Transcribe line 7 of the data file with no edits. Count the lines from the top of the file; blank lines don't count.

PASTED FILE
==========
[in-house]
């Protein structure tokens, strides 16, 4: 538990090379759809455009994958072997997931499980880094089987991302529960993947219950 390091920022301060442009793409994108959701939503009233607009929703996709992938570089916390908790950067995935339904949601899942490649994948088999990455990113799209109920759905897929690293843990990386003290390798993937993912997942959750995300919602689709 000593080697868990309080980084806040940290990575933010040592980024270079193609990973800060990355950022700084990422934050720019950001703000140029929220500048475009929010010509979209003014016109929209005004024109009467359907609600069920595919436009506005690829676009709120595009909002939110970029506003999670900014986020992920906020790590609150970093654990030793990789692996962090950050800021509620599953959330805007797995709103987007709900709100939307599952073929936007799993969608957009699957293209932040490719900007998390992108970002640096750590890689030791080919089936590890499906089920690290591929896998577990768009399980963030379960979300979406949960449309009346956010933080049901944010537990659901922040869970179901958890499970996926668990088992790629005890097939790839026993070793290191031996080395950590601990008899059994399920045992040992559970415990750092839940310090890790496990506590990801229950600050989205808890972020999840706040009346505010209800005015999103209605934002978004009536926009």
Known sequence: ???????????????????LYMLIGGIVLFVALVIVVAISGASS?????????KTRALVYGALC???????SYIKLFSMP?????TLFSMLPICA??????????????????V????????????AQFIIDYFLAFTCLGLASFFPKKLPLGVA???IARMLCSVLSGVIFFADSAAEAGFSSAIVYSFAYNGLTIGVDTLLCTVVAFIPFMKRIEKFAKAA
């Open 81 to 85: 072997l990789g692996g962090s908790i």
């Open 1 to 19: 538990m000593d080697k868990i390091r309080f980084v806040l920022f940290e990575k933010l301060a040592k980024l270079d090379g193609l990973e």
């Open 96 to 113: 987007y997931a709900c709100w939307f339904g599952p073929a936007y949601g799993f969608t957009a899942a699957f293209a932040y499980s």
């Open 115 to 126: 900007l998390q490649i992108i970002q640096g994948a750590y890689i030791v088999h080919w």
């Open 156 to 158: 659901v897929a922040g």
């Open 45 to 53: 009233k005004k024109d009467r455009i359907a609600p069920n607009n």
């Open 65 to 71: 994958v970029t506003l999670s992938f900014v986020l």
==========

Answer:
């Open 115 to 126: 900007l998390q490649i992108i970002q640096g994948a750590y890689i030791v088999h080919w």